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The five-second test in UX

The five-second test provides you with in-depth training on Web. Taught by Chris Nodder as part of t… Show More

User Experience Fundamentals for Web Design

with Chris Nodder

Video: The five-second test in UX

The five-second test provides you with in-depth training on Web. Taught by Chris Nodder as part of the User Experience Fundamentals for Web Design
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  1. 1m 7s
    1. Welcome
      1m 7s
  2. 4m 37s
    1. Building a site for your visitors
      1m 29s
    2. Understanding how people browse the web
    3. It's all about information
    4. What causes people to leave sites?
      1m 35s
  3. 3m 50s
    1. Simple design
      1m 9s
    2. Consistent design
      1m 11s
    3. Standard design
      1m 30s
  4. 20m 55s
    1. Elements of navigation
      1m 21s
    2. Content has a structure
      2m 18s
    3. Understanding menus
      3m 19s
    4. Reviewing some menu myths
      2m 4s
    5. Working with site maps
      1m 5s
    6. Adding search to your site
      2m 53s
    7. Understanding links
      3m 43s
    8. Exploring clickable elements
      1m 18s
    9. Understanding Fitts's Law
      2m 54s
  5. 11m 19s
    1. People can begin from any page on your site
      1m 24s
    2. Elements every web page should have
      3m 25s
    3. Creating progressive navigation
      3m 22s
    4. Arranging your content
      3m 8s
  6. 8m 7s
    1. How people read on the web
      2m 31s
    2. Writing for information exchange
      1m 43s
    3. Formatting pages for information exchange
      3m 53s
  7. 7m 21s
    1. Using your homepage as a site summary
      1m 50s
    2. Creating fresh content
      1m 20s
    3. Displaying navigation and search
      1m 25s
    4. The five-second test
      2m 46s
  8. 8m 8s
    1. Showing people what you've got
      3m 50s
    2. Making comparisons easy
      1m 24s
    3. Creating landing pages from ad campaigns
      2m 54s
  9. 11m 22s
    1. The real purpose of detail and product pages
      1m 16s
    2. Writing descriptive text
      2m 4s
    3. Using images to set context
      2m 17s
    4. Showing the price for products
      2m 27s
    5. Have a call to action
      1m 36s
    6. About Us: a special detail page
      1m 42s
  10. 10m 58s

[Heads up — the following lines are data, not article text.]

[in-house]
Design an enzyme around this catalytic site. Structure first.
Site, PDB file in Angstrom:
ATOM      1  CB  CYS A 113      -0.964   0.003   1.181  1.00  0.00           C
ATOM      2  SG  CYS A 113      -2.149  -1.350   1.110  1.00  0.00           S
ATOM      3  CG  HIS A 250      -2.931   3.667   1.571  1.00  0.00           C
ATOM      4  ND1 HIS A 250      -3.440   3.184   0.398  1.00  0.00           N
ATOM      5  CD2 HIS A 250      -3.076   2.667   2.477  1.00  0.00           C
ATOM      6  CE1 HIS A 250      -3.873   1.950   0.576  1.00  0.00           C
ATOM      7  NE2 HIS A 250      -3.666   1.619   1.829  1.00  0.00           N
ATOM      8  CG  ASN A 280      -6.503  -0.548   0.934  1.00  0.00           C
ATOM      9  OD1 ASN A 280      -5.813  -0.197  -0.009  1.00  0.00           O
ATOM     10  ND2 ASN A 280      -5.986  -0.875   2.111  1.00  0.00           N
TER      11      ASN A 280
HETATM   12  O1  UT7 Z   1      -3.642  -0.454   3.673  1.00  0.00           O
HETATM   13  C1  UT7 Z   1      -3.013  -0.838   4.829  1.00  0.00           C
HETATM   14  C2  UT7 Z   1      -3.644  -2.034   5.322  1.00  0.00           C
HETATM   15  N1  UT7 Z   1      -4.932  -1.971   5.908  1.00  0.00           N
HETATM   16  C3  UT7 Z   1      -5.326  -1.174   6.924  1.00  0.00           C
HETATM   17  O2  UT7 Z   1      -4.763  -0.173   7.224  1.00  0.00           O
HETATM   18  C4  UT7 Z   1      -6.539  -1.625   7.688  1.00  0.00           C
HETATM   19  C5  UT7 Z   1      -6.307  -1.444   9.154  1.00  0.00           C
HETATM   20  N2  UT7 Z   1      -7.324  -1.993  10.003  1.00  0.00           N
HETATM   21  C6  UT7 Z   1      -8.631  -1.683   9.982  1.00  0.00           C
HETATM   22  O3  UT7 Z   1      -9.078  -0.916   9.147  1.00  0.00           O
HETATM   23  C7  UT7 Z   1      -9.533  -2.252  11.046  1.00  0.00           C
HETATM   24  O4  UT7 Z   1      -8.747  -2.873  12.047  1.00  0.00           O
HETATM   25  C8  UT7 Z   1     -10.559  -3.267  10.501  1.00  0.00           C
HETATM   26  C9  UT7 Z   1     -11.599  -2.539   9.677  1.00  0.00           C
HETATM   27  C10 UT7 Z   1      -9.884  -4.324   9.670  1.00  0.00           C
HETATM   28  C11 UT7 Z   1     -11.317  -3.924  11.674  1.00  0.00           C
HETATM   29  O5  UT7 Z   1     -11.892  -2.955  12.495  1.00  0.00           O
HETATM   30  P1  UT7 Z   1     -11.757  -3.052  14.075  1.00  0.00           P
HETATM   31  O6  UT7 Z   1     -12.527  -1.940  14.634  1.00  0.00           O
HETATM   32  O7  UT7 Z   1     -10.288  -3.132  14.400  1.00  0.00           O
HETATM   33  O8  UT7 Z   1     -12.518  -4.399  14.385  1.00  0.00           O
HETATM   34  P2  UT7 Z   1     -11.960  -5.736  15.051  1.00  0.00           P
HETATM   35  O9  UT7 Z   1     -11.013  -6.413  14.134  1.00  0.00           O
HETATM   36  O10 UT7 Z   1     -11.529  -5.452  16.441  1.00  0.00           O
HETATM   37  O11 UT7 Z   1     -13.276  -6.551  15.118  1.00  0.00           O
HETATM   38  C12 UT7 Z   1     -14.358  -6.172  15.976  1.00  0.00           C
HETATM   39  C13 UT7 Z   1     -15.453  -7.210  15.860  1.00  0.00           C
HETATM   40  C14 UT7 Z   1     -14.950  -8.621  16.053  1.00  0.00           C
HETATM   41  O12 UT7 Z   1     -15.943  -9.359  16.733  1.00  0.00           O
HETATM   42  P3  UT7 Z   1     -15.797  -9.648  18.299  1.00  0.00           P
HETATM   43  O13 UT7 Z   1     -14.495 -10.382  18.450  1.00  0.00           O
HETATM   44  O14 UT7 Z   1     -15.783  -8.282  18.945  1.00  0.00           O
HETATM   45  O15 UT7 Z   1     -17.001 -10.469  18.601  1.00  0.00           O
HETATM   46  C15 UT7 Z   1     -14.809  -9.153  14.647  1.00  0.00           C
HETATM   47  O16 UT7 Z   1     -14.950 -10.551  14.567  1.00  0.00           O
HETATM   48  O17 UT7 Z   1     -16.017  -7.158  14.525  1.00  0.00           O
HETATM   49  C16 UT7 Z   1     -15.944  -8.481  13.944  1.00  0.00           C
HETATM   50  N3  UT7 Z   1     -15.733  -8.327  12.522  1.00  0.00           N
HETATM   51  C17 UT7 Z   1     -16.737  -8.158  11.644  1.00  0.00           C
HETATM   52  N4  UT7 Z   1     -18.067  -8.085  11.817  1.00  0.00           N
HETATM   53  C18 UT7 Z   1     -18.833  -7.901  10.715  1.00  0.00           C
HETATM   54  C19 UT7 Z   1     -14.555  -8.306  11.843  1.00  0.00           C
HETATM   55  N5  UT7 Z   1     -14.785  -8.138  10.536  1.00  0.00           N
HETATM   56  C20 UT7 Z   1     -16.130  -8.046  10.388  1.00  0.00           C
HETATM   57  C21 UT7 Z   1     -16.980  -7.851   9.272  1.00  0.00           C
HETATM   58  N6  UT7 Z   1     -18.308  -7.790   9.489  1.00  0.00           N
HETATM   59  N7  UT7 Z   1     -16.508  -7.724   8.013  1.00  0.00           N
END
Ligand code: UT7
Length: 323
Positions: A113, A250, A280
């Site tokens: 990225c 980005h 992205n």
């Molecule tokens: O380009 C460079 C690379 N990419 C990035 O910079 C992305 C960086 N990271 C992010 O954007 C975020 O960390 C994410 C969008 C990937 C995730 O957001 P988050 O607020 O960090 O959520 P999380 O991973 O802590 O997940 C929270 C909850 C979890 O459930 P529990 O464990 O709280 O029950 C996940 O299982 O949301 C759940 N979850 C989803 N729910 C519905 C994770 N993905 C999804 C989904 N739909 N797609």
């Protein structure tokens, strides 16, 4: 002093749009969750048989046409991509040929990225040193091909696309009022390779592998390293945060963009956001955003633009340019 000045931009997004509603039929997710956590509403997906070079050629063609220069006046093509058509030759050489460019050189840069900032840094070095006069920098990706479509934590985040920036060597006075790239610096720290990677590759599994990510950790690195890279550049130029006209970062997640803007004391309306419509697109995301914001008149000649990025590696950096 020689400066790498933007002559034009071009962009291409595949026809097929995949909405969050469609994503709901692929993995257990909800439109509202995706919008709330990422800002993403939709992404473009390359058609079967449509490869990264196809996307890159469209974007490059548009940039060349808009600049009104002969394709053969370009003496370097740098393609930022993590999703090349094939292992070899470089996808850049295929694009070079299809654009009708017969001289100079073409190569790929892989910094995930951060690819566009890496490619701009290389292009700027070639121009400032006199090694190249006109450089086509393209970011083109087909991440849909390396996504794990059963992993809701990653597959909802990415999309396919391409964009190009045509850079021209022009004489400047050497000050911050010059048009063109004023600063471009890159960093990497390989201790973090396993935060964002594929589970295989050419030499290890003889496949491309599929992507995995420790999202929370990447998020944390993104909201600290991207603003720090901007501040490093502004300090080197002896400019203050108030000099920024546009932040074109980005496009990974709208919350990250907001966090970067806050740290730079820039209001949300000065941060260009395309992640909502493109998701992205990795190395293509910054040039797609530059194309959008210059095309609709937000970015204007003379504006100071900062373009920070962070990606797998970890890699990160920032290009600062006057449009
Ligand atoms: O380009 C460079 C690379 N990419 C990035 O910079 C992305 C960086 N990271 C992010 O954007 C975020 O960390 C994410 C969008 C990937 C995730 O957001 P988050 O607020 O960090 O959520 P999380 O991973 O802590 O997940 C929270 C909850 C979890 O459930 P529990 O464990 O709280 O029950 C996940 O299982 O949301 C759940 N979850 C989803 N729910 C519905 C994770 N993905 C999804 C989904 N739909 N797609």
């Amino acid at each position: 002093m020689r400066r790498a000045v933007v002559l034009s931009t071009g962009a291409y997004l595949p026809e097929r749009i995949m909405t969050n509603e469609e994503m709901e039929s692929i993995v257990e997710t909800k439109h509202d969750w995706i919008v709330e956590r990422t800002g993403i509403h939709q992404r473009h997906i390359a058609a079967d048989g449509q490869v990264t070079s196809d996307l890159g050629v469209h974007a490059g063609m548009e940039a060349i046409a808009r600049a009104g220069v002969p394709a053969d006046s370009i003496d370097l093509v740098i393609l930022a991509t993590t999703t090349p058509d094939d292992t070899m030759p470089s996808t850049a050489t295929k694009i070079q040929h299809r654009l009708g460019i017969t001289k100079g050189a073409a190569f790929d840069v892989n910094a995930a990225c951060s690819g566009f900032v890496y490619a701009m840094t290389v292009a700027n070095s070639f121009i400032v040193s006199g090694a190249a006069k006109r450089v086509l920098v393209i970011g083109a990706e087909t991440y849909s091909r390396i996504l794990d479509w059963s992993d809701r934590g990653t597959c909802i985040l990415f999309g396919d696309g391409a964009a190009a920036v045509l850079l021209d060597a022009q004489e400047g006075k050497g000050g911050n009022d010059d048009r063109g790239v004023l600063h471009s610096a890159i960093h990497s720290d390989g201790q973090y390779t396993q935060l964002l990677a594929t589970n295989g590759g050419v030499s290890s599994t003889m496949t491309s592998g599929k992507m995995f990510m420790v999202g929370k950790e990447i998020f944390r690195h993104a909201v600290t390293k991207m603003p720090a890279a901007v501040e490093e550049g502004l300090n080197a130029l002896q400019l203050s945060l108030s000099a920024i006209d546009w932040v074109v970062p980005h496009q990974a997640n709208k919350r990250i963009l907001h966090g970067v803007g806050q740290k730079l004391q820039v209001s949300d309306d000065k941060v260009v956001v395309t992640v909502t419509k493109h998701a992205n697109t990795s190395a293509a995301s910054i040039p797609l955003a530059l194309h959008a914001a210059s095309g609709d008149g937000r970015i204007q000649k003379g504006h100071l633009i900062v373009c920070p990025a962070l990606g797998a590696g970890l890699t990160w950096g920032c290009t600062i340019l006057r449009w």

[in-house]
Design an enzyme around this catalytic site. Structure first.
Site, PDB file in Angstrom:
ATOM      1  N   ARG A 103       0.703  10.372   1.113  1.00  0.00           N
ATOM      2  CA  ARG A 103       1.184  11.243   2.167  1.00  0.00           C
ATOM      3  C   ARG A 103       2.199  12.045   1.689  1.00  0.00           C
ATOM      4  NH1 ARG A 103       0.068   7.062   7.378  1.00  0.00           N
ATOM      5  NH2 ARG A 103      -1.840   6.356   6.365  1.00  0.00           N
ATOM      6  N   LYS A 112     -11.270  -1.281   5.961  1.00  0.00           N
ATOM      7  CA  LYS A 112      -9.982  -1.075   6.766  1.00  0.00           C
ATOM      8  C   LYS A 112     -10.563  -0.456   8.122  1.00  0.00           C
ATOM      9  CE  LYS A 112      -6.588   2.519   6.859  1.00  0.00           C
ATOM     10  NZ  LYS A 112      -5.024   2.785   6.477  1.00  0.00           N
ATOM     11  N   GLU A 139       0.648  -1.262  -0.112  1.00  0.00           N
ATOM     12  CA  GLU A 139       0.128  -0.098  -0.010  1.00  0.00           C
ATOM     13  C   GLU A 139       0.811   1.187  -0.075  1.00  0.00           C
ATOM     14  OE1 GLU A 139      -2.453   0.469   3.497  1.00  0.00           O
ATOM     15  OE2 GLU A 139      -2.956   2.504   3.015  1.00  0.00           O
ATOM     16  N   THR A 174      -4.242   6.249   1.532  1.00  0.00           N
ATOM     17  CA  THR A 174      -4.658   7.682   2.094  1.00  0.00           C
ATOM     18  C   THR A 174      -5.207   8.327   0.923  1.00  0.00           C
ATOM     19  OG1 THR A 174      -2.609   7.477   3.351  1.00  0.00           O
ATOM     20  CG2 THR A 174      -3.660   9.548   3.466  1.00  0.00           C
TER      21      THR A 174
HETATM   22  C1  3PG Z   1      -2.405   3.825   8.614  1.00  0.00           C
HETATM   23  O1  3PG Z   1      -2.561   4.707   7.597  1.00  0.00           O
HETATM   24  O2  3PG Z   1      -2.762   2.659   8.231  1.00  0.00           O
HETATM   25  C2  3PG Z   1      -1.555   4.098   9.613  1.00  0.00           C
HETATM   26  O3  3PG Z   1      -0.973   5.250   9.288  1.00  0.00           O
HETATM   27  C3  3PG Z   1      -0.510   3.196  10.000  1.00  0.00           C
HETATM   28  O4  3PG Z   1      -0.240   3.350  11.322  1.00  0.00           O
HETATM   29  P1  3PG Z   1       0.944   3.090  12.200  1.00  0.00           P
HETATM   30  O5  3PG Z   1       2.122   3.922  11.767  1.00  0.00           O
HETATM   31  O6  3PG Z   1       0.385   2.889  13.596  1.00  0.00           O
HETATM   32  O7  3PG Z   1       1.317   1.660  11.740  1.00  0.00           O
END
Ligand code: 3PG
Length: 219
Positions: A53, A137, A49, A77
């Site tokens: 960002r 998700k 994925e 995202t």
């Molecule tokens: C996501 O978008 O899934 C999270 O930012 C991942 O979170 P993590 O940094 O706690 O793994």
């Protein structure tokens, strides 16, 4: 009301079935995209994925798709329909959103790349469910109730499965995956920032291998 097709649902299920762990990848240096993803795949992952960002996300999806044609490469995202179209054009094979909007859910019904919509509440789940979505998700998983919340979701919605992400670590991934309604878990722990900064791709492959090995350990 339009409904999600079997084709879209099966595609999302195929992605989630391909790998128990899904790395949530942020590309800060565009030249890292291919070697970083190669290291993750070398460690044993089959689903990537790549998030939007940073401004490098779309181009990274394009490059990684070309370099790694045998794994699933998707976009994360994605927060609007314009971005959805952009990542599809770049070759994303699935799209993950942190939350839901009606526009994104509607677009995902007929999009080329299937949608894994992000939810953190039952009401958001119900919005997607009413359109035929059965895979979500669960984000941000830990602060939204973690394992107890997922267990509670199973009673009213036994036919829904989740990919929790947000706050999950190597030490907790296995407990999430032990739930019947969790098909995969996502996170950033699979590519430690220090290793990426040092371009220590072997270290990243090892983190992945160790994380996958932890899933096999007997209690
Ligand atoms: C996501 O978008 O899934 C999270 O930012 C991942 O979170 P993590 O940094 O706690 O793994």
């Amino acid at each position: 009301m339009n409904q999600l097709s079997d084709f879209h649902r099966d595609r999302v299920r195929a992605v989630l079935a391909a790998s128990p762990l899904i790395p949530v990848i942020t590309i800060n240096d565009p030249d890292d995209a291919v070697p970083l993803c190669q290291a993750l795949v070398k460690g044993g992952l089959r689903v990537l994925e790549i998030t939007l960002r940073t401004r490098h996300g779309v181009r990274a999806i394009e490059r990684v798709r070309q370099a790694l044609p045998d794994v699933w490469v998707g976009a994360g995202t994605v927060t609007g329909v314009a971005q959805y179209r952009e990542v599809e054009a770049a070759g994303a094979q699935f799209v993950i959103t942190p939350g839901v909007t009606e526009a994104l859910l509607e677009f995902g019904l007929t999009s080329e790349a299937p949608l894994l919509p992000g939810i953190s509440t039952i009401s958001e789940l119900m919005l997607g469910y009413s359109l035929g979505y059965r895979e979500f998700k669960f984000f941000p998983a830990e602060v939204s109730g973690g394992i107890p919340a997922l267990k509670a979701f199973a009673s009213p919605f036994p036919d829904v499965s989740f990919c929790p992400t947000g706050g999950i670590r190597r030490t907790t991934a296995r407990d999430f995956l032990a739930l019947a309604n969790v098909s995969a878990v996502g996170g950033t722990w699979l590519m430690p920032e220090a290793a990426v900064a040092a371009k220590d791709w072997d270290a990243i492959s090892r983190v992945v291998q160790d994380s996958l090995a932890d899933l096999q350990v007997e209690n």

1. Ask for information in context
      2m 25s
    2. Making forms as painless as possible
      2m 34s
    3. Creating form fields
      3m 37s
    4. Handling errors gracefully
      2m 22s
  11. 9m 9s
    1. Using different types of media
      1m 55s
    2. Simple question: Does it enhance the experience?
      2m 15s
    3. Using graphics for explanation, not decoration
      1m 17s
    4. What is interactive content?
      1m 58s
    5. Laying out your page for media
      1m 44s
  12. 5m 3s
    1. Making money without selling out
      1m 37s
    2. Adding graphical ads
      2m 10s
    3. Creating text ads
      1m 16s
  13. 3m 42s
    1. Simple, consistent, and standard design
      2m 4s
    2. Consider your users and you'll be fine
      1m 38s
  14. 1m 31s
    1. More resources
      1m 31s

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The five-second test
Video Duration: 2m 46s 1h 47m Beginner


The five-second test provides you with in-depth training on Web. Taught by Chris Nodder as part of the User Experience Fundamentals for Web Design

View Course Description

Discover how to create a user experience that embodies utility, ease of use, and efficiency by identifying what people want from websites, how they search for information, and how to structure your content to take advantage of this. In this course, author Chris Nodder shows how to merge engineering, marketing, graphical and industrial design, and interface design to create a website that meets the needs of your customer, and is simple, elegant, and engaging. The course shows how to use graphics to help rather than hinder visitors, balance advertising and content, and integrate video, audio, and other media. Other tutorials consider the landing page experience and elements like contact forms from the visitor's perspective.